In the event, she returned to study and signed up with the IW College for a two-year HND business and information technology course, passing with distinction. On the back of it, she was offered a place on a degree course, but decided she’d had enough of studying and instead landed a job with IW Council as an Events Officer for a couple of years.

This was to be the start of a whole new path, leading her into freelance events work, a short stint at Southampton’s Mayflower Theatre, and training as an audiologist, before a return to the IW Council events department, assisting with the first IW music festival with Annie Horne and the team. Later she was given another big opportunity – working on the Isle of Wight Walking Festival, which she organised from scratch and which evolved to become the biggest in Europe, featuring 300 walks. “I didn’t even have a pair of walking boots when I started – but I quickly put that right!” she says.

Her other claim to fame is having been personally involved in starting up the IW Speed Dating Walk – which ultimately produced five weddings and a baby.

In the course of her work, she met Royals – including the Queen in 2004 – dignitaries and celebrities, but once again, life was about to take another turn.

After 23 years of working with the Council, Elaine faced another redundancy in 2015 when the Events team was disbanded in a cost-cutting move.

But she wasn’t without work for long, being offered a one-year contract at Osborne House – scene of many happy childhood times – as Hospitality Event Manager, organising weddings and some high-profile corporate events. As it turned out, the one-year contract turned into three – which only came to an end just prior the national lockdown in 2020.

The way of independence

In common with many people, Elaine spent lockdown time doing a serious life review, and in her case, the latest career change emerged almost as a natural next step.

She explains that for five years of her Council employment, she had acted as a Sessional Registrar – a little extra job that she loved doing because it was so “positive and uplifting”. It had prompted her to go on a course a few years ago to train as a wedding and funeral celebrant, and whilst she went on to perform a handful of private weddings and interment of ashes ceremonies, she had not actually taken things any further… until now.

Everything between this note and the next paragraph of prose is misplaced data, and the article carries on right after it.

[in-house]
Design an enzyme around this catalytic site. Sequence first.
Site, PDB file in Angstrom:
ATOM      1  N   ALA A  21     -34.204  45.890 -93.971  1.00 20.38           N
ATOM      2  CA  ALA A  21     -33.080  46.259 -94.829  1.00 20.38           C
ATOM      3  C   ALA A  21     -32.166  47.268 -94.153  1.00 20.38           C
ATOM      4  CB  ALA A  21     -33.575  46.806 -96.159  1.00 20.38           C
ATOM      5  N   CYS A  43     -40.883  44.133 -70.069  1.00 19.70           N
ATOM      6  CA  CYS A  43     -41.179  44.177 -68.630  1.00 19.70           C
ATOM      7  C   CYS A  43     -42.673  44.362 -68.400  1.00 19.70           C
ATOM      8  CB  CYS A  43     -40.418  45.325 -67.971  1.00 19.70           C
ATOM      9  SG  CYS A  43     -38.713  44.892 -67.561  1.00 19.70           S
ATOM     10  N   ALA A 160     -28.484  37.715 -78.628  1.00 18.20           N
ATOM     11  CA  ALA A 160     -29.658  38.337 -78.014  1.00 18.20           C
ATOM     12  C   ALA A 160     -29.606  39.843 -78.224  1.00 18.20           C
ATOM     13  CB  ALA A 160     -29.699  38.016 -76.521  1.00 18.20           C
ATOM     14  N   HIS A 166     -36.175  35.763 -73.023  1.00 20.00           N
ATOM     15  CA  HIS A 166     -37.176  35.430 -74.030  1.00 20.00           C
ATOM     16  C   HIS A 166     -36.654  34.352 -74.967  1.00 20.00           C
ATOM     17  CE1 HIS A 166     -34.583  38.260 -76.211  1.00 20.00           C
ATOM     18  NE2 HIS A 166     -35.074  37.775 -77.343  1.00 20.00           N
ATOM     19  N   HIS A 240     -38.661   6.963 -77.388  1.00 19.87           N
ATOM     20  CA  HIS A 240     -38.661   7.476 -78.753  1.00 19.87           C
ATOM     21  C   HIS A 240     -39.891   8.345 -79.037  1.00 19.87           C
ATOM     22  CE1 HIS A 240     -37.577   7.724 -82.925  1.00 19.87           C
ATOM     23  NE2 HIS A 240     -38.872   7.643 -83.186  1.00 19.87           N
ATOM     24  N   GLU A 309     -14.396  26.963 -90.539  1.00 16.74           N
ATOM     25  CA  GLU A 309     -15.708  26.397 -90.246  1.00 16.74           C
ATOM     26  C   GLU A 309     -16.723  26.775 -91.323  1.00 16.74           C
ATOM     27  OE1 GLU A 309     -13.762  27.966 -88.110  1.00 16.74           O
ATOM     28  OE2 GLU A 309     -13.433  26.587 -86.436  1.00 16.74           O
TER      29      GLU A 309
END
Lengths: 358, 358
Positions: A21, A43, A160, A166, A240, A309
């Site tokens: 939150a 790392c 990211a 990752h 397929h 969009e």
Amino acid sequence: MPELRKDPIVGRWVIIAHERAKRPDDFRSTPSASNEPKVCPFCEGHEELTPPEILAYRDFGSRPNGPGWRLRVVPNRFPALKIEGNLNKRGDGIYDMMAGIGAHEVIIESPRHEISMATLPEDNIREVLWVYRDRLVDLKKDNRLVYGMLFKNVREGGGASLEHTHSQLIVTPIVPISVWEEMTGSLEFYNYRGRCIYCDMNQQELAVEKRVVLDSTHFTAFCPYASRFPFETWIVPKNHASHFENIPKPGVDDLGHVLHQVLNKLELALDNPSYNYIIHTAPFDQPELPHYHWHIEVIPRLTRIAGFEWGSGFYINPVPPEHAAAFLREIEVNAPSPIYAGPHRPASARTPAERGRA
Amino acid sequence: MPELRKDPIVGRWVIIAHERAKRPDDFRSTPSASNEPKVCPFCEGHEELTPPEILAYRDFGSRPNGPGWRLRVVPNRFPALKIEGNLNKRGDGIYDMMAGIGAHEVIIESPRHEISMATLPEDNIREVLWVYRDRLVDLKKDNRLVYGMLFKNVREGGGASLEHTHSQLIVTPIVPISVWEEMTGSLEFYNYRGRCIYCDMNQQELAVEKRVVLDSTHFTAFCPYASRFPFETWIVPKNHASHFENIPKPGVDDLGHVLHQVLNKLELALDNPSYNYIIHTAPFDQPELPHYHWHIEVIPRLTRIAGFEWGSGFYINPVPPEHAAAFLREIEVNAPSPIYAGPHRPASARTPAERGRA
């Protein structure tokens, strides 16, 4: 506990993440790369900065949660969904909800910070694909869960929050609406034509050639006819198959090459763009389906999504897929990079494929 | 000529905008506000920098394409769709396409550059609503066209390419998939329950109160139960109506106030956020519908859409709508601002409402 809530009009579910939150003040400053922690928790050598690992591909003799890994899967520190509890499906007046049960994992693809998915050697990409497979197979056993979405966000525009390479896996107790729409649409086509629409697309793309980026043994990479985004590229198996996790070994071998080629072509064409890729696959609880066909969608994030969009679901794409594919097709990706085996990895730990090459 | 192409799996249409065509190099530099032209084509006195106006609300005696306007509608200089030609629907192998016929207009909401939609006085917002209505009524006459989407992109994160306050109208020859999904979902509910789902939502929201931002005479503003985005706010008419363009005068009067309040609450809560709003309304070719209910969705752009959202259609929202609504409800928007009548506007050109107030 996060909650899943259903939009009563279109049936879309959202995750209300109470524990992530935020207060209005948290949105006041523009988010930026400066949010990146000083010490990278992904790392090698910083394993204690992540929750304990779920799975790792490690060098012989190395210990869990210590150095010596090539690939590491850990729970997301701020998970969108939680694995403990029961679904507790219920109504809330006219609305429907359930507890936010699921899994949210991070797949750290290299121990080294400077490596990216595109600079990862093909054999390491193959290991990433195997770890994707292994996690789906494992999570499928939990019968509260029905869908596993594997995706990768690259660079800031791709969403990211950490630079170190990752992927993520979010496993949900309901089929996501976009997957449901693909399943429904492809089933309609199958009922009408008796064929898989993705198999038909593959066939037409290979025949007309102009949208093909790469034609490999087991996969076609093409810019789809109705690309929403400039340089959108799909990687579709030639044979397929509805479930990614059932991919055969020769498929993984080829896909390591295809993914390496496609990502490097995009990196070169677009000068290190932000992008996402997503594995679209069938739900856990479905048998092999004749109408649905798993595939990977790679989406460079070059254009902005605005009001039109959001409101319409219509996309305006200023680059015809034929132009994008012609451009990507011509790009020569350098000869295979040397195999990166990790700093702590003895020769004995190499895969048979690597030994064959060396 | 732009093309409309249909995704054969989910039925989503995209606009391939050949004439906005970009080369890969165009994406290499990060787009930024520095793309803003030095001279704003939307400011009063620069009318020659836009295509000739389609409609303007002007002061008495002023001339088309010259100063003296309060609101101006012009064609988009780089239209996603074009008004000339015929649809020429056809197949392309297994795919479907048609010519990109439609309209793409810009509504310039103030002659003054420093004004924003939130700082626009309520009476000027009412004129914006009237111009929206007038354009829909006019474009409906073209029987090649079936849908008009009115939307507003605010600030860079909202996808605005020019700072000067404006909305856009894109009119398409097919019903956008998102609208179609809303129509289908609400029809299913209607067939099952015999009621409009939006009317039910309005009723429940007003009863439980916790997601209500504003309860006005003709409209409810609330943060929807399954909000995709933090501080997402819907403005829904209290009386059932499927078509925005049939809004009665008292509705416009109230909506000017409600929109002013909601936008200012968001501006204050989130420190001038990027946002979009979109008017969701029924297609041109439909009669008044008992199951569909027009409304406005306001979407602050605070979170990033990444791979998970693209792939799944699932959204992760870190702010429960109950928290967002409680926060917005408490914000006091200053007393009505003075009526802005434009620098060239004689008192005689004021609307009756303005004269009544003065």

“I’d had everything set up to launch my independent celebrant business five years ago” she explains. “The website – everything. But I didn’t really pursue it until last June, when everything seemed to fall into place and the timing felt just right”.

Of course, bookings were slow in arriving because nobody was allowed weddings or gatherings during lockdown, but that gave Elaine the ideal opportunity to build slowly and surely and conduct a few weddings.  Now, more bookings are beginning to appear like little green shoots of her new enterprise, with baby namings and weddings already appearing on her calendar for the coming months.

She also conducts many funerals. ““A lot of people ask why I would want to do funerals – aren’t they depressing?” she says. “But they are absolutely not. I see them as a lovely way of celebrating somebody’s life, and find it extremely rewarding to spend time with families at what is a very significant time for them.

“Yes, it is a sad occasion, but being able to mark those milestones in the life of a loved one can transform the sadness into gratitude and be quite uplifting for people”.

Elaine also loves the joyful experience of presiding over a couple’s wedding vows – and happily agreed to perform that role for daughter Emma, 38, when she married Ashley in 2017.

She says she loves the process of helping couples to design and create their own bespoke wedding ceremony or civil partnership, incorporating their own personal vows, music, readings and poems, and then bringing it all to life.

Ironically, though, Elaine has still not been married herself. She met her long-time partner Den almost 40 years ago, when he was already dad to four children, Darran, Bernie, Lucy and Nat.

Soon after getting together, she and Den had Emma in 1982, and now have two grandchildren and five step-grandchildren. But there has been no tying of the knot, as she jokes: “Den and I have been happily un-married for 40 years… he says he doesn’t know me well enough yet!”